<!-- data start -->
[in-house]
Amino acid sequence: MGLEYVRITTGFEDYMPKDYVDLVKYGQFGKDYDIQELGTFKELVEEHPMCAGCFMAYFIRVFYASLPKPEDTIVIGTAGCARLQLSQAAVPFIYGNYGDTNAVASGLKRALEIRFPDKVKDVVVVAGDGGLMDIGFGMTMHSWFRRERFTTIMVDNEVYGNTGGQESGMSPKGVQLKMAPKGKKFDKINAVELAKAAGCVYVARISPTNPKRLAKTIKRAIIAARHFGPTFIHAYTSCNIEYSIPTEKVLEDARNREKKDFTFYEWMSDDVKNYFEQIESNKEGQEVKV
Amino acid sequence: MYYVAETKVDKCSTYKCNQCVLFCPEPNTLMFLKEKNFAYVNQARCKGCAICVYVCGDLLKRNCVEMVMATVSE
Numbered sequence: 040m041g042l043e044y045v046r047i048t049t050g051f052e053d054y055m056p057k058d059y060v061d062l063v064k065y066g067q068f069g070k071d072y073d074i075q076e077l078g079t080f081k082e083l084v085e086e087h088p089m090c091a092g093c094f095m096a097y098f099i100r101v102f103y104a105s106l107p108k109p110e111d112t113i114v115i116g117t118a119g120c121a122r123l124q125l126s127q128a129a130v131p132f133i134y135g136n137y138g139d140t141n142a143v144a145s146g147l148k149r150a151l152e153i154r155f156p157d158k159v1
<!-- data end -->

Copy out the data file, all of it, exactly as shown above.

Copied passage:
[in-house]
Amino acid sequence: MGLEYVRITTGFEDYMPKDYVDLVKYGQFGKDYDIQELGTFKELVEEHPMCAGCFMAYFIRVFYASLPKPEDTIVIGTAGCARLQLSQAAVPFIYGNYGDTNAVASGLKRALEIRFPDKVKDVVVVAGDGGLMDIGFGMTMHSWFRRERFTTIMVDNEVYGNTGGQESGMSPKGVQLKMAPKGKKFDKINAVELAKAAGCVYVARISPTNPKRLAKTIKRAIIAARHFGPTFIHAYTSCNIEYSIPTEKVLEDARNREKKDFTFYEWMSDDVKNYFEQIESNKEGQEVKV
Amino acid sequence: MYYVAETKVDKCSTYKCNQCVLFCPEPNTLMFLKEKNFAYVNQARCKGCAICVYVCGDLLKRNCVEMVMATVSE
Numbered sequence: 040m041g042l043e044y045v046r047i048t049t050g051f052e053d054y055m056p057k058d059y060v061d062l063v064k065y066g067q068f069g070k071d072y073d074i075q076e077l078g079t080f081k082e083l084v085e086e087h088p089m090c091a092g093c094f095m096a097y098f099i100r101v102f103y104a105s106l107p108k109p110e111d112t113i114v115i116g117t118a119g120c121a122r123l124q125l126s127q128a129a130v131p132f133i134y135g136n137y138g139d140t141n142a143v144a145s146g147l148k149r150a151l152e153i154r155f156p157d158k159v1